31 Oct 2009 1 pm eastern

House Party

REAL FONTS on the web: House Industries supports WOFF format.

…a font format for the Web that satisfies the needs and concerns of browser makers, web designers, and type foundries. … WOFF offers compression to speed page load times, freedom from thorny legacy issues, and inclusiveness (font outlines can be Postscript or TrueType).

WOFF has the support of a wide spectrum of the type community; from peers such as Emigre, Hoefler & Frere-Jones, Commercial Type, etc., and larger foundries such as Linotype and Monotype. Today it has also gained the support of Mozilla in the their release of Firefox 3.6 (Mozilla has a full list of designers and foundries that support WOFF on that page). We hope and expect that WOFF will quickly gain support in other major browsers as we support, endorse and expect to license our library for use on the Web in the WOFF format in the future.

Read more

  • The Problem: We have the fonts, we have the CSS and the workaround for IE. What we don’t have is beautiful, reliable, consistent cross-platform rendering of real fonts like Gotham, Franklin, Garamond, etc. — 29 October 2009
  • Web Fonts and Standards: How real fonts work on the web via standard CSS. Making it work in IE. The licensing hurdle. Rise of the middlemen and their effect on the adoption of font embedding standards. — 17 August
  • Web Fonts Now, for Real: David Berlow of The Font Bureau publishes a proposal for a permissions table enabling real fonts to be used on the web without binding or other DRM. — 16 July 2009
  • Web Fonts Now (How We’re Doing With That): Commercial foundries that allow @font-face embedding; browser support; Cufón and SIFR, oh, my; Adobe, web fonts, and EOT; Typekit debuts; — 23 May 2009

Filed under: Fonts, Formats, Web Standards, webfonts, webtype

8 Responses to “House Party”

  1. uberVU - social comments said on

    Social comments and analytics for this post…

    This post was mentioned on Twitter by Creativity Flows: House Party http://bit.ly/28xSap

  2. Richard Fink said on

    House seems to be following the trend set by some other major font vendors (Ascender, Monotype) that express “support” for WOFF and some variation of EOT, but treat web designers as second-class citizens, steering them to the back door to “work out” the licensing.

    If you want to license one of our typefaces for the web, we ask that you contact us to work out the licensing and technical issues involved. We also hope that you’ll help to encourage other browser makers to support WOFF so that we can exit this period of murkiness as quickly as possible.

    OK, House. I’ll wait the twelve years until WOFF is supported accross the board, and then I’ll buy from you.
    At Ascender – you “Apply” for a web license and they’ll email you the EOT or a download link or something.
    At Monotype, you’re steered to a form to fill out.
    Why don’t they just post the message: YOU’RE NOT ONE OF OUR “NORMAL” CUSTOMERS. WE DON’T TRUST YOU. WE WANT TO BE ABLE TO KEEP AN EYE ON YOU. IF YOU DON’T SUBMIT TO OUR ONLINE FRISK POLICY AND PERPETUAL PROBATION, WE WON’T SELL TO YOU.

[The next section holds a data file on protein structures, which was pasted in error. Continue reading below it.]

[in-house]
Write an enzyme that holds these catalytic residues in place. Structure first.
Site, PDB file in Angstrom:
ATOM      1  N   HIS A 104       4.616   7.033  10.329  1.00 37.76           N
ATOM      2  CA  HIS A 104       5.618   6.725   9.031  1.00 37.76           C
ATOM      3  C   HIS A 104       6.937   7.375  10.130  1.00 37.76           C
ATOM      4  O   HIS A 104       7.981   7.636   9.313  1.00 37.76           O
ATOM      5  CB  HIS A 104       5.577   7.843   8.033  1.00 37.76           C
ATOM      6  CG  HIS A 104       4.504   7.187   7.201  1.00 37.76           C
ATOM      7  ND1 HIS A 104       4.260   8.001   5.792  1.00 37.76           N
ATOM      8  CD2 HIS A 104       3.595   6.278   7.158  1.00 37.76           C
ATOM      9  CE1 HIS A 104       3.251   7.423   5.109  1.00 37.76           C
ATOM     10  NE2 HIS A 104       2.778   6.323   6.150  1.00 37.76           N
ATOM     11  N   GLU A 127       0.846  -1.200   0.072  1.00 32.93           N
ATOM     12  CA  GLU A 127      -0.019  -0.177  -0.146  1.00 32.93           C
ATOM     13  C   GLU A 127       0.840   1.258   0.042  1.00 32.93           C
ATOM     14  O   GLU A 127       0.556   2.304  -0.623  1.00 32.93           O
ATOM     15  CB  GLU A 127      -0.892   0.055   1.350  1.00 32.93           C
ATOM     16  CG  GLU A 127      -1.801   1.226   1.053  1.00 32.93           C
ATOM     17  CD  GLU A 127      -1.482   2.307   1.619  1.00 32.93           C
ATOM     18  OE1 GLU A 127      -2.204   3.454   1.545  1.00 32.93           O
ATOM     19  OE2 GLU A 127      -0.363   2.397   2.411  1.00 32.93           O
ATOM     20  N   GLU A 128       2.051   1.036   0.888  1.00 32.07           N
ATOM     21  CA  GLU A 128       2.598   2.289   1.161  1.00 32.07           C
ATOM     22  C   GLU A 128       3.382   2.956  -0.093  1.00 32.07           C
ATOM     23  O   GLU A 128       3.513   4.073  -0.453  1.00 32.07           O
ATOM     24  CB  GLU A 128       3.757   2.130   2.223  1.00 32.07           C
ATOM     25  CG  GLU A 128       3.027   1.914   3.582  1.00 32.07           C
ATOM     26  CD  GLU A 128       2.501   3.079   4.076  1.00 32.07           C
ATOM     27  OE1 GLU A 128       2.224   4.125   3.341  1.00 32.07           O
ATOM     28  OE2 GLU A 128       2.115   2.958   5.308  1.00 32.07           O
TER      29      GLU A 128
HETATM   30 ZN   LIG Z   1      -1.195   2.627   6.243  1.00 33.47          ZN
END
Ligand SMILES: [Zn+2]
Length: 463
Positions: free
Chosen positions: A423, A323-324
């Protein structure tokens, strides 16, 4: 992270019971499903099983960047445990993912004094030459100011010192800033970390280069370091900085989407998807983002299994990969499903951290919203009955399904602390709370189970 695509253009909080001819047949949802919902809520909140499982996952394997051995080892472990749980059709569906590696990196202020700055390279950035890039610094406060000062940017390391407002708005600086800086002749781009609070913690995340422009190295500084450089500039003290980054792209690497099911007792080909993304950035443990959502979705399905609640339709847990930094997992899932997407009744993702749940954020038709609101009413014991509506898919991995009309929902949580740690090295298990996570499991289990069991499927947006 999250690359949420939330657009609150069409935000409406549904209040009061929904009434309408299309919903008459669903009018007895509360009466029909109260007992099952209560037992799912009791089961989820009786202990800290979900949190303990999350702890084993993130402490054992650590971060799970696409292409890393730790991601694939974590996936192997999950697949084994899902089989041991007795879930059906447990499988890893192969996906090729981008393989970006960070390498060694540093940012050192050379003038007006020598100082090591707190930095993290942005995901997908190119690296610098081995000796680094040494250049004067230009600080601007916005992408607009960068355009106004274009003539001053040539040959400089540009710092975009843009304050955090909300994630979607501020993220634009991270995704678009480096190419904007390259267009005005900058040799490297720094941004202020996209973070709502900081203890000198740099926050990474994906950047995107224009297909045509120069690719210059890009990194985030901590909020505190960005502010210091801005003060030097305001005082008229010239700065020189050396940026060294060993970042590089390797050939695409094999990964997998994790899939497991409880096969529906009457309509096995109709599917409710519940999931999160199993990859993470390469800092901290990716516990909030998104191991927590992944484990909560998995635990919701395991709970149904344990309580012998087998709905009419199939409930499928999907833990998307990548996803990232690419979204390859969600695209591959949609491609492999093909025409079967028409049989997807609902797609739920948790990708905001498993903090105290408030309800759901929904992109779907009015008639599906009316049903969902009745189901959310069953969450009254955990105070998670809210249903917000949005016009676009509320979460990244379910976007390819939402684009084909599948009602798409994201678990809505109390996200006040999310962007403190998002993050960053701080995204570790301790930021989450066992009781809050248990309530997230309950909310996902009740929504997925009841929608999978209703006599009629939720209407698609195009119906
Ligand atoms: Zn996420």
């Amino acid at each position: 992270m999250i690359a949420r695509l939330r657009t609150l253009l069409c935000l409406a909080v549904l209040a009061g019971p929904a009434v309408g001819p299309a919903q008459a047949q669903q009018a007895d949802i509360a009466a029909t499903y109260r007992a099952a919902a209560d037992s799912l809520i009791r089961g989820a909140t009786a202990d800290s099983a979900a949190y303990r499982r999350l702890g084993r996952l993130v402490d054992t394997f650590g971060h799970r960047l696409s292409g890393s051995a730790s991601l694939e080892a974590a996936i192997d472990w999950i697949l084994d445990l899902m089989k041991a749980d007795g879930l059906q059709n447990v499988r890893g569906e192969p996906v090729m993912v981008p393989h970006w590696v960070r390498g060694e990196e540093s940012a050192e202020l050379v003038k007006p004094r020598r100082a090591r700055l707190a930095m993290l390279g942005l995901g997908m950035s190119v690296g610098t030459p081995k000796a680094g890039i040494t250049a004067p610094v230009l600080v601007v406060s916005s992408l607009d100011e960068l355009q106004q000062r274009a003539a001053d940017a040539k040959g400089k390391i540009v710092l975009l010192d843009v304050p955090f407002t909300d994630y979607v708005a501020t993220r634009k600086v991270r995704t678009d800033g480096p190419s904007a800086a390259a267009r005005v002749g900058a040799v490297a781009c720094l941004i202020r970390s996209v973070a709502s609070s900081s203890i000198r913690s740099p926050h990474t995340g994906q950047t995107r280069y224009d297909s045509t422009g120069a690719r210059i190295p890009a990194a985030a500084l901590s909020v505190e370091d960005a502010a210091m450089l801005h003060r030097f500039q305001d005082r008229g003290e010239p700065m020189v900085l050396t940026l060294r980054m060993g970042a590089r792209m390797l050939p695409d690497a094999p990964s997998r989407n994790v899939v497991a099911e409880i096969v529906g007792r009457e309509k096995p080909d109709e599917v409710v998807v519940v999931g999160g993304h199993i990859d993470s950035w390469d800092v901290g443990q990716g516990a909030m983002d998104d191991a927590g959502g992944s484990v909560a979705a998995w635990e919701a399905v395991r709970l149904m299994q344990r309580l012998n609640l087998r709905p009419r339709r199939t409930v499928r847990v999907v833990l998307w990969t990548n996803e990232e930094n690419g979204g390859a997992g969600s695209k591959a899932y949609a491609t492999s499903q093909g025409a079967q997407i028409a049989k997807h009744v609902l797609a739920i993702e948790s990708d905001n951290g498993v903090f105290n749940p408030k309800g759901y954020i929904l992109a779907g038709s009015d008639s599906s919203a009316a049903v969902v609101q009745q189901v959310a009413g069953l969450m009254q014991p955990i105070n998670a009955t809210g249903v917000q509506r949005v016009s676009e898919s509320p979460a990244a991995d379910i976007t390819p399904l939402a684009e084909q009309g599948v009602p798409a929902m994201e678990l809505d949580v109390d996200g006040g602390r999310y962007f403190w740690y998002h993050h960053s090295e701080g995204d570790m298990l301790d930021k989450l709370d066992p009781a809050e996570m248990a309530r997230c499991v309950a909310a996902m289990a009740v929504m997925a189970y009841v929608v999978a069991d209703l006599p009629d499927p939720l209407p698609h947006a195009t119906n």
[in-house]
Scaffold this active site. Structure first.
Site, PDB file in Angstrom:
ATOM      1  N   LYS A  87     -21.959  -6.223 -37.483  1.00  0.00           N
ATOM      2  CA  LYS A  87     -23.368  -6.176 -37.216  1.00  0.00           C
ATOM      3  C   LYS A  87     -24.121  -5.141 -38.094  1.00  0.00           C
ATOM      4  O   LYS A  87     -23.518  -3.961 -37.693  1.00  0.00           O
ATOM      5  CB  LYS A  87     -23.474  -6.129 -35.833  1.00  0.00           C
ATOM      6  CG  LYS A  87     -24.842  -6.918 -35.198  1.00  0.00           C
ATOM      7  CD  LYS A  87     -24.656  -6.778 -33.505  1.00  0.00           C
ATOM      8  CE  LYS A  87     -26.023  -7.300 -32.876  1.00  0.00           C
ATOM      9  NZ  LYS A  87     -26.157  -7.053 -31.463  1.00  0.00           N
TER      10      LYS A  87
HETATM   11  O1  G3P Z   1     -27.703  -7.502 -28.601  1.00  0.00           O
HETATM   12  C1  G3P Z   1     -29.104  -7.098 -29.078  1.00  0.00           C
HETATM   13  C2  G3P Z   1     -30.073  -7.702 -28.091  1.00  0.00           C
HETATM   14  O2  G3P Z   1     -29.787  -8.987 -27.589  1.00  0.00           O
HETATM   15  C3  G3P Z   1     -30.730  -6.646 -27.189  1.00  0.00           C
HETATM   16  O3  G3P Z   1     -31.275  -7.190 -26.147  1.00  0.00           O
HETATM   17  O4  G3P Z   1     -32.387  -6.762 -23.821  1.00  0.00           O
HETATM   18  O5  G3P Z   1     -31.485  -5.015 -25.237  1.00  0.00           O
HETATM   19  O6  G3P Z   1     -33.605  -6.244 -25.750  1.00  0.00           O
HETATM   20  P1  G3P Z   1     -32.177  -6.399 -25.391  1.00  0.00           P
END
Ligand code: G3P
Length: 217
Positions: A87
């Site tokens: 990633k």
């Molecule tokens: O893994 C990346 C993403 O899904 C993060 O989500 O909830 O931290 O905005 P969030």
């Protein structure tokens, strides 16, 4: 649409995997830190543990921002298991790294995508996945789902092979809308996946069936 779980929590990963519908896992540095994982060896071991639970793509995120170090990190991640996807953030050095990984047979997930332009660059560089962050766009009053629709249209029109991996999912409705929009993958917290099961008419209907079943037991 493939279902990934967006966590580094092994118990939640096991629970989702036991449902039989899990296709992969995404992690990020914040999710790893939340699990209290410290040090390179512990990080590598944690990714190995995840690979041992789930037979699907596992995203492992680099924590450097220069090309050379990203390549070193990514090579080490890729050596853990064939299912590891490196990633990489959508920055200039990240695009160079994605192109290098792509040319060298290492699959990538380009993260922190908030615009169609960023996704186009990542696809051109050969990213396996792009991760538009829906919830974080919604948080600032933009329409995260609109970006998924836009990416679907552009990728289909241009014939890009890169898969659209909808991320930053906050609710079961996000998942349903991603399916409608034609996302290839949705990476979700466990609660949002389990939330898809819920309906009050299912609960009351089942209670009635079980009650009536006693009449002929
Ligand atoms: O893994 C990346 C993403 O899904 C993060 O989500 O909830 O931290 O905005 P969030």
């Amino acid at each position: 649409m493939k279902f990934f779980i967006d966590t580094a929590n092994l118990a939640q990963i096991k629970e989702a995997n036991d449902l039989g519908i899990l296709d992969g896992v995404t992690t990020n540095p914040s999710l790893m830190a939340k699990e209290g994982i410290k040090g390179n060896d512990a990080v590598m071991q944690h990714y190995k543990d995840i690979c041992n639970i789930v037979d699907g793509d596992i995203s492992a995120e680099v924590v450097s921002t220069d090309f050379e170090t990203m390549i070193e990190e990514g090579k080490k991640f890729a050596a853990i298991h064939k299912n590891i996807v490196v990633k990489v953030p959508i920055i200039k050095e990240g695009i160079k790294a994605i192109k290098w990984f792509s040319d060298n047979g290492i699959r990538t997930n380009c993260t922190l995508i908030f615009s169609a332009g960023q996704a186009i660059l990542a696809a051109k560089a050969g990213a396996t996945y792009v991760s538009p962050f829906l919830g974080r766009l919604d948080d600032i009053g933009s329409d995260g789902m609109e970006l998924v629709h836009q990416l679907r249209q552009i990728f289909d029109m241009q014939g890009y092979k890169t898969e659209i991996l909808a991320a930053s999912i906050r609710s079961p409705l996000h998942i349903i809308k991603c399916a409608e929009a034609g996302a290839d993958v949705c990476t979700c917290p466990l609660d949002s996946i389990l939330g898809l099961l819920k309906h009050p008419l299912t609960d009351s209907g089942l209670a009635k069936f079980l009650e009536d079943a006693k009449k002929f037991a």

I greatly encourage web designers thinking of buying fonts to use with @font-face to go through the buying process, read the EULA, and see how welcome you feel.
    And then, hopefully, you’ll let them know about it.
    “Support” is cheap. Right now, it’s pure lip service.

  3. Erik van Blokland said on

    Jeez Rich, chill.

  4. Richard Fink said on

    @erik
    Hey, I’m relaxed. It’s my words that are agitating. It’s pretty obvious how conflicted font vendors are about this. They want it but they don’t want it. And it’s leading smart people to make really dumb decisions.
    This morning from Garrick Van Buren of the font service site Kernest:

    I suspect we’re 15 minutes from a 100% web font friendly ‘foundry’ from completely cornering the market.

    Hyperbole for sure. But is he far from wrong?
    The idea that, hey, maybe you can stigmatize people into buying web licenses is pretty wild. And funny. But today, that’s the impression you get.
    To help out, I’ve written font vendors a kind of a blueprint.
    BTW – You know I’ve reported very favorably about WOFF. But if the retail font vendors were moving any slower, they’d be going backwards. It would be better for them to remain as silent as possible until they make up their minds. Or their lawyers make up their minds.
    We “support” and we will “license” for WOFF seem to be two very different things.
    ciao, rich

  5. Jeffrey Zeldman said on

    Good dessert talk.

  6. Erik van Blokland said on

    Rich, given the progress we made over the summer, your words remind me of a child throwing a tantrum in the supermarket. And about as constructive.

    The foundries I have contact with are all working on getting webfonts ready. I guess perhaps you don’t know what running a foundry actually involves?

    Cheers mate.

  7. Vitamin C said on

    Well for those of you who are posting and don’t have a picture set up for their account, that is why, you are supposed to have a profile pic. They have responded to every e-mail that I have sent them. It took them a couple of days, but they did respond to it and let me know what my tracking number was because I never got it. Funny thing was, the number came through at about the time that the package was delivered. However, someone did receive an e-mail saying that they have all been mailed out and that some of the people that didn’t follow the directions were taken out of the Host status and will not be getting a pack and will be getting an e-mail explaining why!

  8. @font-face and WOFF round up • Tiffany B. Brown said on

    [...] House Party (Zeldman’s round up) [...]

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